Diversity and molecular phylogeny of freshwater sponges from thane region of northern Maharashtra, India.

Author(s): Dilip Keshav Kakvipure
Email (s): drshindepramod@gmail.com
Institution or organization of origin: B.N.N. College
Country: India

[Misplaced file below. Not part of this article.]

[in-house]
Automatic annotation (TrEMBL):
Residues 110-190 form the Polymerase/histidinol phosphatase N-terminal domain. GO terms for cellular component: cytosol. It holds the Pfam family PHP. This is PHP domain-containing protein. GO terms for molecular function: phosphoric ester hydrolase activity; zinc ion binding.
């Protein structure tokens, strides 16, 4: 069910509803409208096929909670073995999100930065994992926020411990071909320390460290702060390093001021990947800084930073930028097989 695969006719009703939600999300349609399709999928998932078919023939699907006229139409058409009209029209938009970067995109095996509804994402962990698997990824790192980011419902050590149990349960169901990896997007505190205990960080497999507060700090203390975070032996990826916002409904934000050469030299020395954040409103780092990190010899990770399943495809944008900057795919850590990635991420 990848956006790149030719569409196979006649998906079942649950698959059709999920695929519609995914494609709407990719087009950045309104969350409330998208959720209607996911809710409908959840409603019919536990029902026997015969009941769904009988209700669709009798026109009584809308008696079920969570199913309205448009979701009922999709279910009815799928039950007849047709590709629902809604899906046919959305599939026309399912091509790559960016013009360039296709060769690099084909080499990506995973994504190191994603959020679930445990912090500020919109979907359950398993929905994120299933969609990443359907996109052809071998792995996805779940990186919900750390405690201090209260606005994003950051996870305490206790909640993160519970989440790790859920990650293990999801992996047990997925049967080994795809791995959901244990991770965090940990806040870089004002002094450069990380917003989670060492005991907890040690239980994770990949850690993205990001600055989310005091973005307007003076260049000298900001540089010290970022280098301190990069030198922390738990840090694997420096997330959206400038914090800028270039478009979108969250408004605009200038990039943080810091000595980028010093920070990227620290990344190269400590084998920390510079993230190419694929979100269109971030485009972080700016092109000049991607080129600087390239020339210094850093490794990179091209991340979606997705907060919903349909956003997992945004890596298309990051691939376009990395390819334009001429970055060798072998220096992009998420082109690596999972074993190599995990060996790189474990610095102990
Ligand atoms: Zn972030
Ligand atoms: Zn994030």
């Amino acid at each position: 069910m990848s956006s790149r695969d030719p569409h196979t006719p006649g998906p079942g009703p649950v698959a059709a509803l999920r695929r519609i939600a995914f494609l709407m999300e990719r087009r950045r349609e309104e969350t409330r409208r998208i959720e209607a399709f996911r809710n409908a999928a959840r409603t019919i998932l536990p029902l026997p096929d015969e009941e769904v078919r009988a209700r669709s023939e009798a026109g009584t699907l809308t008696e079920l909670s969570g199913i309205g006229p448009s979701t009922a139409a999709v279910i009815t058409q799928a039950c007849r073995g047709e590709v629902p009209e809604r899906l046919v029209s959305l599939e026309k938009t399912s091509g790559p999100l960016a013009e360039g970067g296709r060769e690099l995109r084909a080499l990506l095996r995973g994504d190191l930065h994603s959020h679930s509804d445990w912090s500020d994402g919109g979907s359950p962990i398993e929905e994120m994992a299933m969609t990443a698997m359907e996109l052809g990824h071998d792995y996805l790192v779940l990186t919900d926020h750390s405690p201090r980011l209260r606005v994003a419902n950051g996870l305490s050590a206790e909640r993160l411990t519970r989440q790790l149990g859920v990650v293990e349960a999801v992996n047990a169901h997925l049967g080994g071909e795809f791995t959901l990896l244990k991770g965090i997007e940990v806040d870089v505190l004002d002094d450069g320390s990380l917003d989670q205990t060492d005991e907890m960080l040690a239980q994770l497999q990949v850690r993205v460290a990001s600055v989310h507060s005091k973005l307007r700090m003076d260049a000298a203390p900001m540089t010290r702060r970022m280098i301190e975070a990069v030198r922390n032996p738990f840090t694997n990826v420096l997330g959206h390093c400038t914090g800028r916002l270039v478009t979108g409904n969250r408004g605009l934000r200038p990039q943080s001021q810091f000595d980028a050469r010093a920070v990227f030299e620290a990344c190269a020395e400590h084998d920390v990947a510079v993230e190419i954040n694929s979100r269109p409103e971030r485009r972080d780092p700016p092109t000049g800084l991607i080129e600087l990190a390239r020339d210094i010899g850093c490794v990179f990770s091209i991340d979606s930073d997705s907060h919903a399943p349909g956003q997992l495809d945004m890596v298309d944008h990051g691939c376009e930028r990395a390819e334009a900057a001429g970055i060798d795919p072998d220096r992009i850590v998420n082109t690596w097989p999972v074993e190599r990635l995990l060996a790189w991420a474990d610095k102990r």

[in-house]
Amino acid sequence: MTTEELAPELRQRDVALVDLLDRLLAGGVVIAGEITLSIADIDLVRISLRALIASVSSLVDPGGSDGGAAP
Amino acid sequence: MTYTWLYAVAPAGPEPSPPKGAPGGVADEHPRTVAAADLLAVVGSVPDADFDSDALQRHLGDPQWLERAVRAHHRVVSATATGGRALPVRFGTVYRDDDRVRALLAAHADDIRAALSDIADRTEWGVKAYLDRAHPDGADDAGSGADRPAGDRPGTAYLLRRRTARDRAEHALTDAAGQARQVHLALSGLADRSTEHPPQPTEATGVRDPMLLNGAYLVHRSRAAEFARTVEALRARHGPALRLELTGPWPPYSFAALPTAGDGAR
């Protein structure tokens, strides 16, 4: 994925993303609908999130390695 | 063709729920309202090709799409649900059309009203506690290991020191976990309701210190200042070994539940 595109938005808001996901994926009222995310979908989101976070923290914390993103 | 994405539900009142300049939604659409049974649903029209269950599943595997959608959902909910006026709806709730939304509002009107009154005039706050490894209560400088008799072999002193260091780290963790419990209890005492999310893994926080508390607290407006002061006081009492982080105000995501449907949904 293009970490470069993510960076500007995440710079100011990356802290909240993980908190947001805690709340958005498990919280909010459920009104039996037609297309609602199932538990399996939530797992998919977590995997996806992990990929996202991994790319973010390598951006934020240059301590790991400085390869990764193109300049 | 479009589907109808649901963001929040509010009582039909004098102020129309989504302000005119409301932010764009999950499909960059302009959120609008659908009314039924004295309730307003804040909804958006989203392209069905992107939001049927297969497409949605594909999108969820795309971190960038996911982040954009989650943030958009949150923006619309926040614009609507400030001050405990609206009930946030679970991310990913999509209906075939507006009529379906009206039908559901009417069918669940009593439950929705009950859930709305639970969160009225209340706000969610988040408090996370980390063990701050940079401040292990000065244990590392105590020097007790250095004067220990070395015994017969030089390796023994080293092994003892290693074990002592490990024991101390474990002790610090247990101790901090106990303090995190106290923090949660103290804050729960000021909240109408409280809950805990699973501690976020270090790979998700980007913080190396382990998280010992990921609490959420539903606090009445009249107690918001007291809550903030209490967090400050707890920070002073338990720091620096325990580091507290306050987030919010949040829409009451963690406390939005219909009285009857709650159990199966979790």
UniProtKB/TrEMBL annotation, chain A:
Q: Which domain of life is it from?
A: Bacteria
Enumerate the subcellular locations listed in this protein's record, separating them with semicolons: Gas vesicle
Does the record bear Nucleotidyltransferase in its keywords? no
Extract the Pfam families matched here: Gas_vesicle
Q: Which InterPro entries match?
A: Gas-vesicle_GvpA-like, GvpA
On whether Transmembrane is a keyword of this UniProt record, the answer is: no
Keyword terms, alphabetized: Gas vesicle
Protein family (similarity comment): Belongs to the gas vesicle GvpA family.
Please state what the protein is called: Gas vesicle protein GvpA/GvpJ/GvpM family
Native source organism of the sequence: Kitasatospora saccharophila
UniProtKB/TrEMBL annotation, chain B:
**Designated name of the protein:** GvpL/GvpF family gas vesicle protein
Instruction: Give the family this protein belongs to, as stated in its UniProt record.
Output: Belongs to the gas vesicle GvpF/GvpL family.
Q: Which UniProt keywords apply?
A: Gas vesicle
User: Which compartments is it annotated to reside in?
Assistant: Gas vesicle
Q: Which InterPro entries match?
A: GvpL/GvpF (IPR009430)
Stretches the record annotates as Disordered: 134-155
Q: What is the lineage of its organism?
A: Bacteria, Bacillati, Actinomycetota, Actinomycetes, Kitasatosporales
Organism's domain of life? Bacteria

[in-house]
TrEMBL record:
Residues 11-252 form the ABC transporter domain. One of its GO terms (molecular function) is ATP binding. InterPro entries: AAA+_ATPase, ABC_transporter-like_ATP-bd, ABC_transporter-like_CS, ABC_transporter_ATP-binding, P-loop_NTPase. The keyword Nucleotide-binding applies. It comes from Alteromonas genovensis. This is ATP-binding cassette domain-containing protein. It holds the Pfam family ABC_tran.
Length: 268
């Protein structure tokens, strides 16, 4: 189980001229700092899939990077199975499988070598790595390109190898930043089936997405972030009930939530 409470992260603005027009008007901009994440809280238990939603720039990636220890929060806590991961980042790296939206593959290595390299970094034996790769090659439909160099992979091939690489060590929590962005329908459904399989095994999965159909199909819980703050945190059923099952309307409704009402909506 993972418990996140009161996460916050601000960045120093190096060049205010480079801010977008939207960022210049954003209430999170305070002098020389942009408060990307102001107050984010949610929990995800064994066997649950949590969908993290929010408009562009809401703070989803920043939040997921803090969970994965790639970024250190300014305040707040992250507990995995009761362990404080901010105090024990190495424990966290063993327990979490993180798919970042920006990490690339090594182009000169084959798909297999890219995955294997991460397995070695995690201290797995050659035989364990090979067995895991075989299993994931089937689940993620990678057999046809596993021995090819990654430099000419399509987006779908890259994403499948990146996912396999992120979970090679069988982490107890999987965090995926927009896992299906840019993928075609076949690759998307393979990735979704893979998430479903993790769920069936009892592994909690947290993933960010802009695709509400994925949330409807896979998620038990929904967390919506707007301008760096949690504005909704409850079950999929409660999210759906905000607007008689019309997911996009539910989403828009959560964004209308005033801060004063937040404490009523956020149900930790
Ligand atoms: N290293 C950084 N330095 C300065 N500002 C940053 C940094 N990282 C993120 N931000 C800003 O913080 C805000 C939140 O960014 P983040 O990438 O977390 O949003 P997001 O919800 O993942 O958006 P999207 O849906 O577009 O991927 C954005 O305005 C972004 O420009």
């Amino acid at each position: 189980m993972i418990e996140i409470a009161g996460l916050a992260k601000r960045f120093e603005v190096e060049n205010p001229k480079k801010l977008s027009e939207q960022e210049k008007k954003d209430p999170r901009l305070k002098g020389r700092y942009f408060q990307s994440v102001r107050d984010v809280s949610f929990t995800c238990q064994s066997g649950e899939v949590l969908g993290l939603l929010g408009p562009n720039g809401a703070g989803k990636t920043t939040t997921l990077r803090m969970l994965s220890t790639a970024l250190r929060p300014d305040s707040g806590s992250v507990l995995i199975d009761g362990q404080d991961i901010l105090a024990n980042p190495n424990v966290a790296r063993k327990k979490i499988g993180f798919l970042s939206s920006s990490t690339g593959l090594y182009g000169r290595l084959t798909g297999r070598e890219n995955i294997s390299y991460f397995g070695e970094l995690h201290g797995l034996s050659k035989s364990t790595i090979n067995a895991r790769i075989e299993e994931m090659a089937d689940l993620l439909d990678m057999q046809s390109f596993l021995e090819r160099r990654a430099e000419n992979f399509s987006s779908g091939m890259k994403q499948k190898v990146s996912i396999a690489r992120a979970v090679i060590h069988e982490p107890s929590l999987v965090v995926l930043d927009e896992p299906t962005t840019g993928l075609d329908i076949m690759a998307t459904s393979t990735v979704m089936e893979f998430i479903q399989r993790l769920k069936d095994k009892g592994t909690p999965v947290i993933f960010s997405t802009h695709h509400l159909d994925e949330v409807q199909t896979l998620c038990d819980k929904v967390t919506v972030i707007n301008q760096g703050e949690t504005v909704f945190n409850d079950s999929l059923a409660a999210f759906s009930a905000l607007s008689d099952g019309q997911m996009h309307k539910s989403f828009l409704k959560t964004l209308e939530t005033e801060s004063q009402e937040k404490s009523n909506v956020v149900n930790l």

The Western Ghats, which is one among the 25 global hotspots of biodiversity, extends for over a length of 16,00 kms. Lying parallel to the Indian coast. The distribution and taxonomy of fresh water sponges (Porifera) in the Western Ghats Region of India has not received widespread attention. In an initial effort to begin the systematic taxonomic distribution of fresh water sponges, two lakes and one river from the northern part of the Western Ghats were identified. The selected collection sites were Tansa lake (19° 58′ N, 73° 25′ E), Varhala Devi lake (19° 20’N, 73° 00’E) and Pinjal river (19° 37′ N, 73° 60 E). From every collection site, 2 sponge species were collected and identified by using morphological characters. The sponges collected from Varhala Devi lake were identified as Ephydatia sp. and Eunapius carteri. The sponges from other two locations are being identified. The molecular phylogeny analysis of all the sponge species is also being attempted. This investigation highlights the presence of fresh water sponges; the most primitive metazoan in the Western Ghats of Thane region and opens up new research avenues to understand the ecological significance of this little known group of animals. Key Words – Western Ghat, Ephydatia sp. Eunapius carteri, Varhala, Tansa, Pinjal.

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